U.S. INTEREST RATE markets steadied on March 16 as the Federal Reserve organised major national banks to help boost confidence in their smaller regional counterparts by placing large-scale deposits with First Republic bank. Rate forecasts firmed slightly. But the rate trajectory implied by futures prices still shows rates declining from August onwards as the central bank responds to tightening credit conditions and a slowing economy:
NORTHWEST EUROPE is roughly 85% of the way through the heating season. Temperatures at Frankfurt in Germany have been close to the long-term seasonal average since the start of March. But very warm temperatures in October and from mid-December to mid-January have left a significant deficit in heating demand that has not been erased. The total number of degree days so far this winter (1540) is -16% below the long-term average (1842):
OIL PRICES fell sharply on March 15 in response to growing fears about a banking crisis and its impact on the economy. Brent futures were pushed bellow the bottom of the recent trading range:
U.S. DISTILLATE fuel oil inventories amounted to 120 million barrels on March 10. Inventories were -13 million barrels (-10% or -0.81 standard deviations) below the prior ten-year average. But the deficit has narrowed from -21 million barrels (-16% or -1.62 standard deviations) at the start of 2023 and -31 million barrels (-22% or -2.05 standard deviations) on October 7, 2022:
BANK FAILURES – In March 2008, I was working as an analyst on the trading floor at a commodity firm. The Reuters terminal flashed an alert that the Federal Reserve Bank of New York (FRBNY) had extended a multi-billion dollar credit facility to the troubled investment bank Bear Stearns. As part of my market-monitoring role, I sent a brief one-paragraph email to the treasury and credit teams highlighting the news and warning it probably meant the end for Bear as an independent institution; emergency borrowing from the central bank normally marks effective failure.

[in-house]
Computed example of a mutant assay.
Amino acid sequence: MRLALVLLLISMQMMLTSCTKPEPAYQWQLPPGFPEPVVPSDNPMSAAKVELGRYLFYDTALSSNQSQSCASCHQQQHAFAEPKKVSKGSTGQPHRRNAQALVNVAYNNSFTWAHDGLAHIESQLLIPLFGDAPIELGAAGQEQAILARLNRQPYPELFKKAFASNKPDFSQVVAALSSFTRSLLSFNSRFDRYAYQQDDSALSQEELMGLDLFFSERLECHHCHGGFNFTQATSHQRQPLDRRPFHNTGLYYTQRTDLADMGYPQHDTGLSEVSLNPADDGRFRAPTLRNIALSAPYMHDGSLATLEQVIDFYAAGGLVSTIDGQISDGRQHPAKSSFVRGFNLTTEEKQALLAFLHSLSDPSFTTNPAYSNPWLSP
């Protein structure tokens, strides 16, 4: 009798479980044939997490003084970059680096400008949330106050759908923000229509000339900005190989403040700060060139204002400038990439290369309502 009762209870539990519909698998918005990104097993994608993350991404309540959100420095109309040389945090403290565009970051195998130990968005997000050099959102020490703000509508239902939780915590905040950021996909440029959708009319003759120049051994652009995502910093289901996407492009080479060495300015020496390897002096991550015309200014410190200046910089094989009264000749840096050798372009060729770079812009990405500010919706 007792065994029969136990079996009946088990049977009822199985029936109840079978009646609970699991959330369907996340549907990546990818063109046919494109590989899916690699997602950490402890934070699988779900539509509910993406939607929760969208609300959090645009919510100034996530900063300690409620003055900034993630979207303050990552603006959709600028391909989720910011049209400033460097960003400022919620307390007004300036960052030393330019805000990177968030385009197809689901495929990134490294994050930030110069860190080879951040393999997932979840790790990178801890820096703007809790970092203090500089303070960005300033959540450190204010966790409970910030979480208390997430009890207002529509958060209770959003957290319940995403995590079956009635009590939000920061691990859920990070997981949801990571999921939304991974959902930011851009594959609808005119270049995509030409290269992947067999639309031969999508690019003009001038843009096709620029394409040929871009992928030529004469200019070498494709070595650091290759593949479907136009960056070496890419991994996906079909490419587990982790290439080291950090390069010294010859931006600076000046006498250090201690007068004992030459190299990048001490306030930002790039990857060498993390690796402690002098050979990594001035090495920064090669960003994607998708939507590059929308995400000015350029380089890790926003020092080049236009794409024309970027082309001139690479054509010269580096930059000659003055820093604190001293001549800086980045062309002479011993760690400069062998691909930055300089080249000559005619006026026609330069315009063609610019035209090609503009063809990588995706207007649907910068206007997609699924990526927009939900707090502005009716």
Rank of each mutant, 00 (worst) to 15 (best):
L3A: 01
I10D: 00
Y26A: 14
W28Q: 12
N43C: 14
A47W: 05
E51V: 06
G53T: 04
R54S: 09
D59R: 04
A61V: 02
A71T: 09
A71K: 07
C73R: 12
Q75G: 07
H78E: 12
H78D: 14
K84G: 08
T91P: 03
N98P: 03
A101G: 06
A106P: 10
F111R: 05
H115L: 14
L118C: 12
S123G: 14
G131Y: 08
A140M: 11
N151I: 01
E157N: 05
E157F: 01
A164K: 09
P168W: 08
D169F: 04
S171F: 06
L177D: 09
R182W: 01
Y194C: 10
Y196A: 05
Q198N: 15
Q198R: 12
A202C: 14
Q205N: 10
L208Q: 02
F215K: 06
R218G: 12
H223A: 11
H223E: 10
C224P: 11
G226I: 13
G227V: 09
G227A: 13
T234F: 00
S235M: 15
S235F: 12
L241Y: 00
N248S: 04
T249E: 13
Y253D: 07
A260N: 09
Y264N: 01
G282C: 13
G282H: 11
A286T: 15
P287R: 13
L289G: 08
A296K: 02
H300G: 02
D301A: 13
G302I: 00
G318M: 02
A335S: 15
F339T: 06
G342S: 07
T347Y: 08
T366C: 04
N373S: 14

Less than five minutes later, the finance director sent an email to all staff instructing no new positions were to be initiated with Bear; only risk-reducing trades that reduced our exposure were permitted. For the next week, our firm would not initiate any new trades unless we could verify Bear was NOT the counterparty. Presumably similar emails and trading prohibitions were being implemented at all the other firms in the market. Bear was isolated, unable to attract cash inflows, and collapsed a week later.
Watching the demise of a major investment bank taught me a valuable lesson: financial institutions live or die by confidence, and once it has been damaged, the end can come extraordinarily fast. Financial institutions die slowly at first, but very quickly towards the end. They do not get the benefit of the doubt. Our firm started to cut our exposure to Bear immediately at the hint of trouble, we couldn’t afford to wait for more information to see if the bank might survive. No one wants to be one of the last counterparties.
Friday is a particularly dangerous day for a bank in trouble. Regulators like to close a bank on Friday so they have the weekend to put in place a resolution and attempt to stabilise confidence in the rest of the financial system by Monday.
U.S. INTEREST RATE traders no longer expect the central bank to lift rates further following the failure of Silicon Valley Bank, with overnight rates expected to start falling from July onwards, as credit conditions tighten and force a slowdown in the economy. The path for interest rates over the rest of 2023/24 is now forecast to be much lower.
But the outcome of a financial failure is notoriously difficult to predict since it depends largely on confidence. Some failures are resolved quickly with little or no impact on the rest of the financial system and the real economy. In other cases, contagion occurs and the economic impact is significant:
EUROPE’s gas storage sites are 56.5% full, the second-highest on record for the time of year, well above the prior ten-year seasonal average of 36.3%. The end of the winter heating and inventory depletion season is now very near (with stocks usually hitting a minimum on March 30 ± 14 days):
U.S. INTEREST RATE traders have slashed exectations for future rate rises as the banking system comes under strain. Banks are heavily engaged in maturity and liquidity transformation, funding longer-term loans with shorter-term deposits and other borrowing. The progressive inversion of the yield curve is putting that function under increasing strain. Silicon Valley Bank (SVB), which failed on March 10 after a run by depositors, may have been an outlier. But the intensifying inversion poses challenges for all banks. Following the run on SVB, traders increasingly think concerns about financial stability will constrain future interest rate increases. Futures prices imply benchmark overnight interbank rates will end the year at around 4.50% (the same level as now) rather than 5.50-5.75% (which was expected as recently as March 8):
U.S. DRILLING activity continues to slow. The combined oil and gas rig count fell by -3 in the seven days to March 10. The total number of active rigs has fallen in 9 of the last 14 weeks by a total of -38 rigs (-5%) since early December:
HEDGE FUND and other money manager positions in the six major petroleum futures and options contracts on February 21, 2023: